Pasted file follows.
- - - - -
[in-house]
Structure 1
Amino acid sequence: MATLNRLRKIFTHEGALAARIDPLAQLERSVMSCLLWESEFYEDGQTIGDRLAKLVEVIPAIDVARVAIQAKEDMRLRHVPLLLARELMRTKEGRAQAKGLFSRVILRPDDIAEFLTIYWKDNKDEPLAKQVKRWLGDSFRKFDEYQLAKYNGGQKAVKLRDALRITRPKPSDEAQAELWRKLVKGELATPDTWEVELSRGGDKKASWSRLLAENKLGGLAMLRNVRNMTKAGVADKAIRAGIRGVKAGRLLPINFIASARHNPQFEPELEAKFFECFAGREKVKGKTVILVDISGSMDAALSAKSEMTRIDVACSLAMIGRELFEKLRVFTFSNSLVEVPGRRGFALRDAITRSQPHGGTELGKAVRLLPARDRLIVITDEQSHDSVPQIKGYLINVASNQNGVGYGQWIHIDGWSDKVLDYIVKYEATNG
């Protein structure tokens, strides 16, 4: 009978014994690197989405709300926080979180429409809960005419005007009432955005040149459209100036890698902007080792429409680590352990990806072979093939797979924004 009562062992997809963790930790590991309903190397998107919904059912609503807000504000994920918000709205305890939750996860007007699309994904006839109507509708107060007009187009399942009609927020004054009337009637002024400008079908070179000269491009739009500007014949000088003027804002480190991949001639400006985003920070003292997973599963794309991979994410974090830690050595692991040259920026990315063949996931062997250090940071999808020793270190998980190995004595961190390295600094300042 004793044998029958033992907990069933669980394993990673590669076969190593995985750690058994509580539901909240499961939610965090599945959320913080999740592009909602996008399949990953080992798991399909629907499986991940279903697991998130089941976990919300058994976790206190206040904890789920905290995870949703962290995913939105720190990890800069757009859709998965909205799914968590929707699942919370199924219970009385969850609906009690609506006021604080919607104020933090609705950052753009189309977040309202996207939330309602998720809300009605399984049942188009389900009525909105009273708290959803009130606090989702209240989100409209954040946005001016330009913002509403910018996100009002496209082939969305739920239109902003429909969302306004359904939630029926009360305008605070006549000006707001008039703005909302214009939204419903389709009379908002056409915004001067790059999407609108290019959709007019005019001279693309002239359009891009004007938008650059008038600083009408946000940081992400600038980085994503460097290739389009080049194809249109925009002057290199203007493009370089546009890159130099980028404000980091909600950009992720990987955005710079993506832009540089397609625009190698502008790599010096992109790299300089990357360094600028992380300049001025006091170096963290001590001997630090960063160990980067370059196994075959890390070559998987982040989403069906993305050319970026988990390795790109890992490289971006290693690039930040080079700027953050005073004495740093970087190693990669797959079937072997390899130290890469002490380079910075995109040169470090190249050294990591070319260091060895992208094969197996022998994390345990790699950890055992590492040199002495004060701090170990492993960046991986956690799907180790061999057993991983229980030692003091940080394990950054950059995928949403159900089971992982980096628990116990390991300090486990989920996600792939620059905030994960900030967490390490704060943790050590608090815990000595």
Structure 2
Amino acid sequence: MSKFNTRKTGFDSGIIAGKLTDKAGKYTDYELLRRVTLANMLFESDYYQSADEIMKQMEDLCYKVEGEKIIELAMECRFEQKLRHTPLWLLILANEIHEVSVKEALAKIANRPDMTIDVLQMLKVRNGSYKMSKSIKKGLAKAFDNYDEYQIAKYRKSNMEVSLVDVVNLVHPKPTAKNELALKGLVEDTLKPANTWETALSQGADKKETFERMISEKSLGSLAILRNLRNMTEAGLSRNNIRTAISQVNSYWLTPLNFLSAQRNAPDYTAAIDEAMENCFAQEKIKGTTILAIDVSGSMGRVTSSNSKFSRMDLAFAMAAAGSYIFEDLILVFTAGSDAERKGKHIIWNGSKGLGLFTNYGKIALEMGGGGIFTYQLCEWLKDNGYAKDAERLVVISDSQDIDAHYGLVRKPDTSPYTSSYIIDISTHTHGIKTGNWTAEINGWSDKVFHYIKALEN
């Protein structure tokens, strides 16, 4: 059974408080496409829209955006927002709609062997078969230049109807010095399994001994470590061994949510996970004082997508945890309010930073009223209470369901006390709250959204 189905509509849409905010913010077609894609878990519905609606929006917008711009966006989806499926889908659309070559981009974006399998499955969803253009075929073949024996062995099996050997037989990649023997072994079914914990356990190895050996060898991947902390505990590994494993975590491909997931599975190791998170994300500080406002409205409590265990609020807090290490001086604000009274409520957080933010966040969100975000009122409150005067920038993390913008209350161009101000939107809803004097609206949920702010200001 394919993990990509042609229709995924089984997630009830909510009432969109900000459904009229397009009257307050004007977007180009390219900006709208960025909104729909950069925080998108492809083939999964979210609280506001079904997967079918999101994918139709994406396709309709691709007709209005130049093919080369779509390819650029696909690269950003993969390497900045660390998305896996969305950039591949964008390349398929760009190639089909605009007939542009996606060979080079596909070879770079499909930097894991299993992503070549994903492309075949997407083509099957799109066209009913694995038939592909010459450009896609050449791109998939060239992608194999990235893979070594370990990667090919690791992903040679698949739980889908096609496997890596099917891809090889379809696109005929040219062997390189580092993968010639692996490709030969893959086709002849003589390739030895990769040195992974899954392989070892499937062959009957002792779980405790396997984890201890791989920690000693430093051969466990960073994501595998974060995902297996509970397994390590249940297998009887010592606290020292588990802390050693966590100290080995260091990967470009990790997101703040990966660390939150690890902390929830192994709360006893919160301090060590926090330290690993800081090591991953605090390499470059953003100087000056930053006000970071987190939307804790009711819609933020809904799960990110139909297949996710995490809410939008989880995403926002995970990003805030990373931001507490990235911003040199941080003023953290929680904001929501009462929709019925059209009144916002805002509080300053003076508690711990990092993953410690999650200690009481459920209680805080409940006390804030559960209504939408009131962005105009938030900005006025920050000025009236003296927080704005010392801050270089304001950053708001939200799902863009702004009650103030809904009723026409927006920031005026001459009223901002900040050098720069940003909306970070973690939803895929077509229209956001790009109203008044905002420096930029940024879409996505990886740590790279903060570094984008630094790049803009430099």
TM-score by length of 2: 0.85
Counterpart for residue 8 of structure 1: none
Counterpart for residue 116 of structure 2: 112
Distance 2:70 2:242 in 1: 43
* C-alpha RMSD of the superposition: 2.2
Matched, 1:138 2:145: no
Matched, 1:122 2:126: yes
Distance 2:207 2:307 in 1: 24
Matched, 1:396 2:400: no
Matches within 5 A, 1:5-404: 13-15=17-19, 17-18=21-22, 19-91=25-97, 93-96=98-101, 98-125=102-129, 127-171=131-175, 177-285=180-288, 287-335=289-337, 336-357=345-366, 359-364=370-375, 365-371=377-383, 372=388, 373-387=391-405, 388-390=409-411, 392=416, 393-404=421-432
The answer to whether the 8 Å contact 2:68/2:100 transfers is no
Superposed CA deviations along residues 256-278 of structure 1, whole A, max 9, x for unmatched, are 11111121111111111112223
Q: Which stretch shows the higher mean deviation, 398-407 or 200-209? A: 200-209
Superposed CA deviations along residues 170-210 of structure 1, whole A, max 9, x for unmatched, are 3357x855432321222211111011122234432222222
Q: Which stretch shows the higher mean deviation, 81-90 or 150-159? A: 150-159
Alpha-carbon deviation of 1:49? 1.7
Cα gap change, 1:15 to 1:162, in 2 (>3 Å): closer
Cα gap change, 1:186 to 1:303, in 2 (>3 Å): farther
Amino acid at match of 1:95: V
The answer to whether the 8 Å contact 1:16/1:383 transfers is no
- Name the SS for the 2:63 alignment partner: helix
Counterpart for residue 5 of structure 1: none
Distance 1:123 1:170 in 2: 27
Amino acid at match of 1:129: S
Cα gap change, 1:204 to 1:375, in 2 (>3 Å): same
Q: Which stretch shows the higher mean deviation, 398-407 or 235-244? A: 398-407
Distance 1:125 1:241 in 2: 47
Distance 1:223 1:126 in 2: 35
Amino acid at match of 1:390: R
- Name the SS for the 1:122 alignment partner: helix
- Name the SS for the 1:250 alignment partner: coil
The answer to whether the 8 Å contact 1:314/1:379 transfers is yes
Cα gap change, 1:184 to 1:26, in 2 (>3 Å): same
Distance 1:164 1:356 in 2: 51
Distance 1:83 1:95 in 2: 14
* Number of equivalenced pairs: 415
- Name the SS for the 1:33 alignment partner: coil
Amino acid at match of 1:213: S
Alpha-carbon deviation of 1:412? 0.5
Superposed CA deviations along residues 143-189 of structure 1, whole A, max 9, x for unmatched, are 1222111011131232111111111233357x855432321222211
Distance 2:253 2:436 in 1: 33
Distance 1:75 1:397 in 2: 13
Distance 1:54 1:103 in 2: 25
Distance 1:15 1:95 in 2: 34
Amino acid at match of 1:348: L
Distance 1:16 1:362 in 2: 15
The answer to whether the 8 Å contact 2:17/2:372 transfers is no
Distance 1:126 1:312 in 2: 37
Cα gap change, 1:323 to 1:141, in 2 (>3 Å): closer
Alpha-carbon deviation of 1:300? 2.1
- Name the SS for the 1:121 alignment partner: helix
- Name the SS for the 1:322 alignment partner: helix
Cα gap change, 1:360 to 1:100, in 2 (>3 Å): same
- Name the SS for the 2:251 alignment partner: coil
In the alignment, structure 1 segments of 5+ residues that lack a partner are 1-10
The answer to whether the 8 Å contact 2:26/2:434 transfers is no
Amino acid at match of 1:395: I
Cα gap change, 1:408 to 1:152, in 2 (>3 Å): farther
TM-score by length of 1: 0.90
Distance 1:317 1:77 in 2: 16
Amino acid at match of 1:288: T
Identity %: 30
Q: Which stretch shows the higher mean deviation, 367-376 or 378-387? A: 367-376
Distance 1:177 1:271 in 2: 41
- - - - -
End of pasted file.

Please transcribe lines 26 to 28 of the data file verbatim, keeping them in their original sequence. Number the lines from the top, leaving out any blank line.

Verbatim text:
Amino acid at match of 1:95: V
The answer to whether the 8 Å contact 1:16/1:383 transfers is no
- Name the SS for the 2:63 alignment partner: helix